Following the skirmishes in Massachusetts at Lexington and Concord, April 19, 1775, state militiamen from Massachusetts, Connecticut, Rhode Island and Vermont assembled in Cambridge and the area surrounding Boston. British General Gage and 6,500 soldiers and marines were in possession of Boston proper, while the American force consisted of over 16,000 men. Sickness and missing brought the number of effective soldiers closer to 9,000. In addition the American force was woefully short of gunpowder, having only some 30 or so half barrels of powder beyond that carried in the horns of the citizen soldiers.
In the two months following Concord, efforts were made to bring organization and order to the American Army. But the work was difficult and the progress slow. By mid-June the army was still a collection of individual Militia regiments, headed by officers who were viewed more as neighbors and fellow citizens of the common soldier rather than trained and capable leaders. The Continental Congress was working on legislation to regularize the militia and see that they were paid by the Congress, but by mid-June still had not acted To complicate matters, militia units were responsible only to their own militia commanders and their own state governments. General Artemus Ward was commanding general of the Massachusetts militia, and leading the largest contingent of troops, held nominal authority over the non-Massachusetts forces.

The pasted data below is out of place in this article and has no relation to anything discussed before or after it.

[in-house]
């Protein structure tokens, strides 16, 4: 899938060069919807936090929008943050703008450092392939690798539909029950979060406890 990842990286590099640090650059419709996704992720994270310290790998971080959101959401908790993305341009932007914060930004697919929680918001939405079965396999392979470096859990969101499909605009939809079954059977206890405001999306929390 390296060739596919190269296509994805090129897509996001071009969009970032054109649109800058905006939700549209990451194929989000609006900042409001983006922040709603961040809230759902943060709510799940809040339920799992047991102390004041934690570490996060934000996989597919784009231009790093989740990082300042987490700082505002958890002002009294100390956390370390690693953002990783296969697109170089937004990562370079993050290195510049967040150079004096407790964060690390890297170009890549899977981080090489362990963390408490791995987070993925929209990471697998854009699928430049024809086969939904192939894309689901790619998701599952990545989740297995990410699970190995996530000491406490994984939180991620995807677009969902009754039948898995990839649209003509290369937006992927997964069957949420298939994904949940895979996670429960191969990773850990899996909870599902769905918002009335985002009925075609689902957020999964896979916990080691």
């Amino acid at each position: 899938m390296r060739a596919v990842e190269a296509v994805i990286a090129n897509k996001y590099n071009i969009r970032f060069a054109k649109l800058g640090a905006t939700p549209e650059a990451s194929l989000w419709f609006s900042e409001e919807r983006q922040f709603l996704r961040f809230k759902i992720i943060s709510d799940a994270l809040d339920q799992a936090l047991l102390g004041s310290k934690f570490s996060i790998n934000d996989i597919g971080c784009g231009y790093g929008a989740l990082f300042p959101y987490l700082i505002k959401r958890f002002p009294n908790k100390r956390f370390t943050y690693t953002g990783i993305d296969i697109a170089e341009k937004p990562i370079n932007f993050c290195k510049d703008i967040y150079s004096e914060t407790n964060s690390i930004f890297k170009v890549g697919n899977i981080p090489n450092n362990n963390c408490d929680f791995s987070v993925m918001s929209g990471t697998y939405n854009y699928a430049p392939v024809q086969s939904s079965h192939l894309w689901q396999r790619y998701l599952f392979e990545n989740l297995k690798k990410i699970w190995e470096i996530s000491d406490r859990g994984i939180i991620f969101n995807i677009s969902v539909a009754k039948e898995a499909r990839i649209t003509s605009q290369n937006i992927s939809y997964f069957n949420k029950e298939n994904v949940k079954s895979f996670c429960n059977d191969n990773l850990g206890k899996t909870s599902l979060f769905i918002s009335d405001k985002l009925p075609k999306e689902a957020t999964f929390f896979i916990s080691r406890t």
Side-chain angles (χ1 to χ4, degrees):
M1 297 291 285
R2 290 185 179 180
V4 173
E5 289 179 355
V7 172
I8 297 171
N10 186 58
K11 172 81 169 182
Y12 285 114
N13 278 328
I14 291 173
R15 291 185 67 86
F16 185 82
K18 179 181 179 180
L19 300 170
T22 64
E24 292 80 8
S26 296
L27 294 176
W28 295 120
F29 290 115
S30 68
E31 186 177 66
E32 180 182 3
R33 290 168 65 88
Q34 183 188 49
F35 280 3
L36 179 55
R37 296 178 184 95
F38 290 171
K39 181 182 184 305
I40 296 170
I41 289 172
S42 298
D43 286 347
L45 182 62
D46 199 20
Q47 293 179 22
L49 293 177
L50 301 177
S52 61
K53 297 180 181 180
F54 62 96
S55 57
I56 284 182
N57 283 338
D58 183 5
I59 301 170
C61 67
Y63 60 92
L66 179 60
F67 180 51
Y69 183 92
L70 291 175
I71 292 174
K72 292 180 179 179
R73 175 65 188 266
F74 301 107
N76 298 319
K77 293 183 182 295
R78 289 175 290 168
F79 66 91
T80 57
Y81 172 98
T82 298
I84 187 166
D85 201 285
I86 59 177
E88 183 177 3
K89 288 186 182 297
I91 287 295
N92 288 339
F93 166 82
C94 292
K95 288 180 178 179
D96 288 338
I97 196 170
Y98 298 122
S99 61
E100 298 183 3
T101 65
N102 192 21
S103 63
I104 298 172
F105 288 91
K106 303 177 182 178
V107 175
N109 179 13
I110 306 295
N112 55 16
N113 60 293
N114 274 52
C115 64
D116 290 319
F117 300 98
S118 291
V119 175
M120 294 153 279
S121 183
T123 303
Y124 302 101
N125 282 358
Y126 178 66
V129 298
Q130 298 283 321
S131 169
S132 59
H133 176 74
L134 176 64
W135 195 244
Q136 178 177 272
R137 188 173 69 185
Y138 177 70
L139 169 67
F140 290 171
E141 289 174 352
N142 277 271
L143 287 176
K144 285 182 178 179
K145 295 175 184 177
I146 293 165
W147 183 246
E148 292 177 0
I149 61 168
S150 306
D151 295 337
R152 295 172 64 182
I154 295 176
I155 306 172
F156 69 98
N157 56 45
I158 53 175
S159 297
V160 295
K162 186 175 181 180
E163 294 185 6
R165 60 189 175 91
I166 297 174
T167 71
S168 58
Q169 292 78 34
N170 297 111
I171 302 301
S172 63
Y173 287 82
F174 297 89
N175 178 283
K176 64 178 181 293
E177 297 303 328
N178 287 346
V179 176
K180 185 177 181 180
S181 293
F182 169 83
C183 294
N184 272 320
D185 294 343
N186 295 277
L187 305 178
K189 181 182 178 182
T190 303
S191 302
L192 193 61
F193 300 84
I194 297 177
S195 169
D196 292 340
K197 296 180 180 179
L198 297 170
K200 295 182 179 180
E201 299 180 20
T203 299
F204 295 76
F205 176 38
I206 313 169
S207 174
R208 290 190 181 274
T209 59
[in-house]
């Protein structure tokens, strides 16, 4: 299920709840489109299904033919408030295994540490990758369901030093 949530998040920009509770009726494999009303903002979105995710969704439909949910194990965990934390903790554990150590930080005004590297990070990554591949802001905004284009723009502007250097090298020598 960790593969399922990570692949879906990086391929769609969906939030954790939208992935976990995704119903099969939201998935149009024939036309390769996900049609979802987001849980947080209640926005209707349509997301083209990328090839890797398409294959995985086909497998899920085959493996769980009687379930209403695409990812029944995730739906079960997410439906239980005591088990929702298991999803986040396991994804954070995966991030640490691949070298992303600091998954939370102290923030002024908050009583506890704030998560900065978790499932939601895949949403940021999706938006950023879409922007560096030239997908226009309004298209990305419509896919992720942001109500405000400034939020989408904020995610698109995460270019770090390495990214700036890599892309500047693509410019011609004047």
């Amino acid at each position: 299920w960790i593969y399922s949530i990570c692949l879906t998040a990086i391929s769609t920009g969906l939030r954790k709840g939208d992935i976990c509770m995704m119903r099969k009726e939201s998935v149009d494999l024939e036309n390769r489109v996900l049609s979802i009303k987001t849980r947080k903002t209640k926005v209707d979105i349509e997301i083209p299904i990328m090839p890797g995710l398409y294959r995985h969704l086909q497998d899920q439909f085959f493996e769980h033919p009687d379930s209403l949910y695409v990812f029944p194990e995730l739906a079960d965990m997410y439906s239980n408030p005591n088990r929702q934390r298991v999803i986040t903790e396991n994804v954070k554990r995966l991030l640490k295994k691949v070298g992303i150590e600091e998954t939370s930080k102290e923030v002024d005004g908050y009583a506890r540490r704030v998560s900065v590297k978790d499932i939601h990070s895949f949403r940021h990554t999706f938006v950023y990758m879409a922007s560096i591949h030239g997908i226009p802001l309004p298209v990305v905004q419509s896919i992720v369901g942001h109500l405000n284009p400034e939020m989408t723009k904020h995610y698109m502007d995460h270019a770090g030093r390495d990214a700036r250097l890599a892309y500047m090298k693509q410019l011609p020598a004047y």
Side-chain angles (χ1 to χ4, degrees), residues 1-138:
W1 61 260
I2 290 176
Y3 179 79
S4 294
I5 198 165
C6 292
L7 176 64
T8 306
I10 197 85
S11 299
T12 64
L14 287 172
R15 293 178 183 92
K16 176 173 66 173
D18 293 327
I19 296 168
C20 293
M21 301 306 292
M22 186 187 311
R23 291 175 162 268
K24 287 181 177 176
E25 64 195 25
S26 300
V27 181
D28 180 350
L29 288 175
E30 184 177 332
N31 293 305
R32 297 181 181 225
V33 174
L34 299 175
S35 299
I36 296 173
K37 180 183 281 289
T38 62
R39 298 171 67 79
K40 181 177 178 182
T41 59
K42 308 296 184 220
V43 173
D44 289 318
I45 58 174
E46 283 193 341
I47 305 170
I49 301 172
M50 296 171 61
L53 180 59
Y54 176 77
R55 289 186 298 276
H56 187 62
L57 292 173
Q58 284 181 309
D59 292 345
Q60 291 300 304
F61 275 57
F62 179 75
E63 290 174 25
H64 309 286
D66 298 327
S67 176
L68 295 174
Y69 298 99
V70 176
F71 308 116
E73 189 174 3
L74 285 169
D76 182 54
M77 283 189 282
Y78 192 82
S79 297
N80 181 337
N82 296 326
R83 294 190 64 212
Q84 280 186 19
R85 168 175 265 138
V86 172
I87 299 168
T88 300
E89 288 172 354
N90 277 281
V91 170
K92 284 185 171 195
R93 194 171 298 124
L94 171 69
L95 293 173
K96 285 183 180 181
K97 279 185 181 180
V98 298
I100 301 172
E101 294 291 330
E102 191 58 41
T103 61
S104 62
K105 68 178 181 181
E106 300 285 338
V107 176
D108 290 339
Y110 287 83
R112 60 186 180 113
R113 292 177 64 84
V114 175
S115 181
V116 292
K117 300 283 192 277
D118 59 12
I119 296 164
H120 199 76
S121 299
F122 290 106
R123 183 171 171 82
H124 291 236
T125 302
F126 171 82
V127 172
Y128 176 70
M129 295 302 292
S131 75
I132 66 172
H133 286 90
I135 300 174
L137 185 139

General Gage considered his force too small to effectively attack the Rebels and hold the countryside outside of Boston. At the same time he became concerned that the surrounding heights of Dorchester and Charlestown provided an excellent opportunity for Rebels to place cannon and threaten Boston. Consequently, he began to plan measures to secure these strategic positions. But word leaked out and the Boston Committee of Safety recommended to Ward that he pre-empt the British move and seize Bunker Hill above Charlestown. Col. William Prescott supported the plan and was asked to lead a night mission to establish a redoubt (small fort) on Bunkers Hill. Together with 300 men of Prescott's regiment, and parts of Ebenezer Bridge's and Colonel James Frye's regiment were added 200 Connecticut men under Captain Thomas Knowlton from Putnam's regiment and Captain Samuel Gridley's artillery company with two light guns. About 5pm in the evening of June 16th this force assembled on the common in Cambridge and after a prayer set off quietly for the Horse's Neck.
Poised like a syrup drop extending into the harbor just to the north of Boston, the Charlestown peninsula is approximately one and a quarter miles long and lies between the Charles River on the West and the Mystic river on the East. On the north, the peninsula is joined to the mainland by a narrow neck which is only thirty feet wide at high tide. Bunker's Hill rises across the narrow western end of the peninsula and at 100 feet high, dominates the Neck. Any fortifications constructed there would be out of effective range of the British battery on Copp's Hill in Boston and would be too high to permit elevation of shipboard guns in the harbor. To the south and east of Bunker's Hill lies Breed's Hill, some 60 feet high gradually sloping to the harbor and Charlestown to its south and west.